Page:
BBC Brexit coverage ‘lacking in curiosity and depth’ on Ireland

Former executive suggests broadcaster’s interest in Irish matters waned after 1998 peace deal

The BBC’s coverage of the UK’s departure from the European Union has been ‘distinctly lacking in curiosity and depth’ about Ireland, a review by a former executive at the British broadcaster states. Photograph: Daniel Leal Olivas/AFP/Getty Images

The BBC’s coverage of the UK’s departure from the European Union has been ‘distinctly lacking in curiosity and depth’ about Ireland, a review by a former executive at the British broadcaster states. Photograph: Daniel Leal Olivas/AFP/Getty Images

 

The BBC missed the Irish dimension of Brexit, and its coverage of the UK’s departure from the European Union has been “distinctly lacking in curiosity and depth” about Ireland, according to a former senior executive at the British broadcaster.

In a review of the BBC’s Brexit coverage, former Radio 4 controller Mark Damazer also said a policy decision taken by the BBC Trust to give broadly equal time to the Remain and Leave campaigns during the 2016 referendum “sowed the seeds of some of today’s difficulties”. He also pointed to a lack of BBC coverage of Germany and the rest of continental Europe.

As a member of the BBC Trust, the broadcaster’s governing body, in 2016, Mr Damazer had oversight of the BBC’s editorial performance during the Brexit referendum.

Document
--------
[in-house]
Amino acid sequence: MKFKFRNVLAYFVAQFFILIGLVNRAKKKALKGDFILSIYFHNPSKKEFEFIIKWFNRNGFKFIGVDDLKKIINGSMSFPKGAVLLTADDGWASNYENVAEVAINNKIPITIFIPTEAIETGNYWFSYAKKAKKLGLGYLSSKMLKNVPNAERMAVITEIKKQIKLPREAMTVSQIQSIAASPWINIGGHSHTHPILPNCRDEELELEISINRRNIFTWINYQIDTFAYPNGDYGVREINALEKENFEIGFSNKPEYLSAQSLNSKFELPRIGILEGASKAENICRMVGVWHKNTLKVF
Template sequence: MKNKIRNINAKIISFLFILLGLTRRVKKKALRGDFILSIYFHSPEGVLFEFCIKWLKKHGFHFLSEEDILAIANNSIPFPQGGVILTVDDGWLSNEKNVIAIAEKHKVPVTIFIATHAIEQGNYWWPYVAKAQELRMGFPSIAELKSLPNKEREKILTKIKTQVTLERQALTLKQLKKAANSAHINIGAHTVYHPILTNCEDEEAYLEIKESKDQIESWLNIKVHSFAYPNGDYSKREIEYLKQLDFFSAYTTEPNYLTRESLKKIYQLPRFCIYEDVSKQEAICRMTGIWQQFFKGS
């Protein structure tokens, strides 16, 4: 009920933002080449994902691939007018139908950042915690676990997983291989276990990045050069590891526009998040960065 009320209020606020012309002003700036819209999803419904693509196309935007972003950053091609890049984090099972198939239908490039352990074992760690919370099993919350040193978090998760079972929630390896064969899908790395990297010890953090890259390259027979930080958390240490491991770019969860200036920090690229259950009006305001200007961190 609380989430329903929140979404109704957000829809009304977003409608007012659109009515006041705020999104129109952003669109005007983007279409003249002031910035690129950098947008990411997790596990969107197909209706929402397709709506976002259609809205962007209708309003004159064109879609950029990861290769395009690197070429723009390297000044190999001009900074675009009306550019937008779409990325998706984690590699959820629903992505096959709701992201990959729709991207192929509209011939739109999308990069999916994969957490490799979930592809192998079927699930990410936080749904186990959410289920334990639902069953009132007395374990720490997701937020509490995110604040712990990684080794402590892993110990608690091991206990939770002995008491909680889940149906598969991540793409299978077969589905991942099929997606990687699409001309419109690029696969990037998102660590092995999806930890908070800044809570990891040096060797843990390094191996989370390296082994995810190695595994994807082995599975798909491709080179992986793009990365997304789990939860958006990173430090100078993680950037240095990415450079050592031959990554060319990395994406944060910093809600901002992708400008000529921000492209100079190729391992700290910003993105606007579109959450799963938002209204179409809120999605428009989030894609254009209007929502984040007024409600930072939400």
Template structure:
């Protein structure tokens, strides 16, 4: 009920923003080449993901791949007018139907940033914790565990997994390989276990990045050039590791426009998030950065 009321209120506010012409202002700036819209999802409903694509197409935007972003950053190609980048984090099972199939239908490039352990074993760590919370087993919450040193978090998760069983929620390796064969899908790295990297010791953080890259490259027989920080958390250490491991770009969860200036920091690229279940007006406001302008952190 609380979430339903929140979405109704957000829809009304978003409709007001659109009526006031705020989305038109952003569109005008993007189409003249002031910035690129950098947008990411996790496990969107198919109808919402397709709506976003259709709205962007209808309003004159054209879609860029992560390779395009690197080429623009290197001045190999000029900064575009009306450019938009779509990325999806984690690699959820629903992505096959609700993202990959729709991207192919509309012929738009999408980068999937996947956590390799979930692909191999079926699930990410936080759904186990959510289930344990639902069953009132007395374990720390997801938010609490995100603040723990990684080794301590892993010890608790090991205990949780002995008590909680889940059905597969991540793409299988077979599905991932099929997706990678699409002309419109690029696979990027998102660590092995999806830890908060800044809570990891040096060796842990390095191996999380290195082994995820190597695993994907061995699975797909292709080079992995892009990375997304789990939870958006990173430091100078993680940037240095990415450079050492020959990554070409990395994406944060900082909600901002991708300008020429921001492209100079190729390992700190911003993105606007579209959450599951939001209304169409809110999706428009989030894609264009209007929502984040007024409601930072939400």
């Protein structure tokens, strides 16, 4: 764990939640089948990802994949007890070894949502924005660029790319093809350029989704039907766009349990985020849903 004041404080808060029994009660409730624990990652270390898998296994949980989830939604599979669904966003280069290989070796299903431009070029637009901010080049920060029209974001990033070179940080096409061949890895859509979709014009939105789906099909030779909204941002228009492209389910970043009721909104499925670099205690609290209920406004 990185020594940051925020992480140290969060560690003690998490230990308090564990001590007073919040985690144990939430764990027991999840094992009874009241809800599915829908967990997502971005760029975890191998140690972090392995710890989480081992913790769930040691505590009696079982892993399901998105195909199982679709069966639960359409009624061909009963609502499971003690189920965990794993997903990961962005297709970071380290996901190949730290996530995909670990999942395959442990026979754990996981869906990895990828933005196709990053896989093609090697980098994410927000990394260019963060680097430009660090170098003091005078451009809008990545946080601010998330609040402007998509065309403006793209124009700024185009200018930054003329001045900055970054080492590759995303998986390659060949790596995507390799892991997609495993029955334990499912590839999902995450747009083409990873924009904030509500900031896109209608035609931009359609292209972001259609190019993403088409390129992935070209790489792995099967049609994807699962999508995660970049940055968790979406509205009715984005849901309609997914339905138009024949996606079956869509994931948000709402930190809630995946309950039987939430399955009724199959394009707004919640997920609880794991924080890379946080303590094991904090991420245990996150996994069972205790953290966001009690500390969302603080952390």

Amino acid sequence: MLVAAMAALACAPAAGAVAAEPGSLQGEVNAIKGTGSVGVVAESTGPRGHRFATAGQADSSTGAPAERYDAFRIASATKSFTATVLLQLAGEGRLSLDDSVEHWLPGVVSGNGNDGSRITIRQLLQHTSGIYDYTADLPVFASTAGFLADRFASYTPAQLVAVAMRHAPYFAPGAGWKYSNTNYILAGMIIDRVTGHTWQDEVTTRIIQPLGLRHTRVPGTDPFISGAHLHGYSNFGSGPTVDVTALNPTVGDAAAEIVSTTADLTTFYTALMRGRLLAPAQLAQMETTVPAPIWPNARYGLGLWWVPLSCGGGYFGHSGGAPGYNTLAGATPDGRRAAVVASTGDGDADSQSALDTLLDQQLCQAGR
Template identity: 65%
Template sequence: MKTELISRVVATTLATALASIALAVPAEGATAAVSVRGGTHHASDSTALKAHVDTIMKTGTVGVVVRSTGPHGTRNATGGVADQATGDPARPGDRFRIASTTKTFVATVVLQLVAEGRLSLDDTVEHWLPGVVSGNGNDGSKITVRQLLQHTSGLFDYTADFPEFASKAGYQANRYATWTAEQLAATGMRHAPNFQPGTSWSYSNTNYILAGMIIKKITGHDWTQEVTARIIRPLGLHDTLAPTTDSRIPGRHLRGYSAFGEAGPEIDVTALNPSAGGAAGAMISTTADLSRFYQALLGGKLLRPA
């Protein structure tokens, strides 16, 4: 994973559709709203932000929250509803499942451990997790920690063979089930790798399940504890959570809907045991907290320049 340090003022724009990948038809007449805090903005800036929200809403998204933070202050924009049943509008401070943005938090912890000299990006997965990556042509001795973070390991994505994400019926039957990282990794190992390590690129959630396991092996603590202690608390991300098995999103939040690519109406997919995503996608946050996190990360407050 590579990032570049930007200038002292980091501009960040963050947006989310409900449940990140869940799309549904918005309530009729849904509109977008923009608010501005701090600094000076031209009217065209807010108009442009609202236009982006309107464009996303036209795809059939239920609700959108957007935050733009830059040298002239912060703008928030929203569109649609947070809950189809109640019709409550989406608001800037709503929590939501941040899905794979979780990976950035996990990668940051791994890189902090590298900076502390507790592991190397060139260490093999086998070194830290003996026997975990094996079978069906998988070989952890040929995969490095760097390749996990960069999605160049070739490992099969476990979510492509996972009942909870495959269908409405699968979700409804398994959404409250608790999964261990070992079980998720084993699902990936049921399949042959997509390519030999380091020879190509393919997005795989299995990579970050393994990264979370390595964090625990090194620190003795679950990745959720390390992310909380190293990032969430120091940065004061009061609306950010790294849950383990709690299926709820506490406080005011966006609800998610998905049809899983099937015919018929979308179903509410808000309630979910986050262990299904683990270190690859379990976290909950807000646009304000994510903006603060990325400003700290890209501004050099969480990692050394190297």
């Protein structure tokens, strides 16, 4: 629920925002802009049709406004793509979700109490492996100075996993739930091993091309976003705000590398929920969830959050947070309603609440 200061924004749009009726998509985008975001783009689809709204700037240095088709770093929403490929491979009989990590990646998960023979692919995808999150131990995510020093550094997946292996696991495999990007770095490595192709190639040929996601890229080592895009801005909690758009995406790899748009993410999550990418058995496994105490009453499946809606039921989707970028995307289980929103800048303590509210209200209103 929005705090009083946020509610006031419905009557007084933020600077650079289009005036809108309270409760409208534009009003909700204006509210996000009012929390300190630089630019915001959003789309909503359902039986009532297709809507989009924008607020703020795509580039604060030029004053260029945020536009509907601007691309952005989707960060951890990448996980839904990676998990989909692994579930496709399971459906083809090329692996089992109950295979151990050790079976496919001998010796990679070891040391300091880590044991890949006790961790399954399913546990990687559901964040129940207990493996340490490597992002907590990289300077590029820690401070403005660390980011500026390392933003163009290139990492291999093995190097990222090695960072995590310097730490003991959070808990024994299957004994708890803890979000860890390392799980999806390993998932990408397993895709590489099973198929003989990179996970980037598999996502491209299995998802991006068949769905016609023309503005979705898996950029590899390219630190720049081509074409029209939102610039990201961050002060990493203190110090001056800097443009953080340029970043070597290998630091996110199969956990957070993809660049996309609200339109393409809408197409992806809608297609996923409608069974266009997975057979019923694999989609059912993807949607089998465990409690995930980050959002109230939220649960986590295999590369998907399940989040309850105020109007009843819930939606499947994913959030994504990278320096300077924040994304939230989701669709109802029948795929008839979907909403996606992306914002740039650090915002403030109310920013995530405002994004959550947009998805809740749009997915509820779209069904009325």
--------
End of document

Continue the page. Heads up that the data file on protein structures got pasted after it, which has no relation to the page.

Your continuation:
In an essay in Prospect magazine, Mr Damazer writes that sometime after the Belfast Agreement in 1998, interest in Ireland waned. “The main story – violence and peace – had gone. That may be why the BBC missed the Irish dimension of Brexit in the campaign and for a long time afterwards,” he writes.

‘Triumph’

“The story – the backstop – was forever done via Westminster arguments, and Westminster maths. When [Theresa] May got her outline deal with the EU in late 2017 – how long ago that seems – it was greeted as a Westminster triumph with only minor genuflections towards the Irish conundrum that it left nakedly unresolved. Dublin-based journalism got barely a look in. Overall the coverage has been distinctly lacking in curiosity and depth about both the Irish economy and Irish politics.”

Similarly, except briefly around 1989 and the fall of the Berlin wall, Germany had “never been a big deal”, according to Mr Damazer.

During the 2016 campaign, both sides made claims about Germany’s likely negotiating position in the aftermath of a Leave vote, but these claims were never interrogated by way of sustained reporting in Germany, he writes.

‘Lack of appetite’

“It isn’t simple to cover properly the politics of the 27 and of the central EU apparatus and it isn’t only lack of appetite, expertise or tolerance for subtitles. The senior European figures don’t feel the need to be accountable to the UK electorate over Brexit. It was, as they repeatedly say, our choice. Andrew Marr pointed out a few weeks ago that his programme had invited Michel Barnier on multiple times-to no avail.”

Mr Damazer argues that the BBC Trust’s decision to give broadly equal time to the Remain and Leave campaigns, while “easily reached” at the time, sowed the seeds of some of today’s difficulties. “Because many senior Remainers, in particular, were unprepared for the sheer volume of Brexit voices that the half-and-half policy would introduce to the airwaves,” he writes.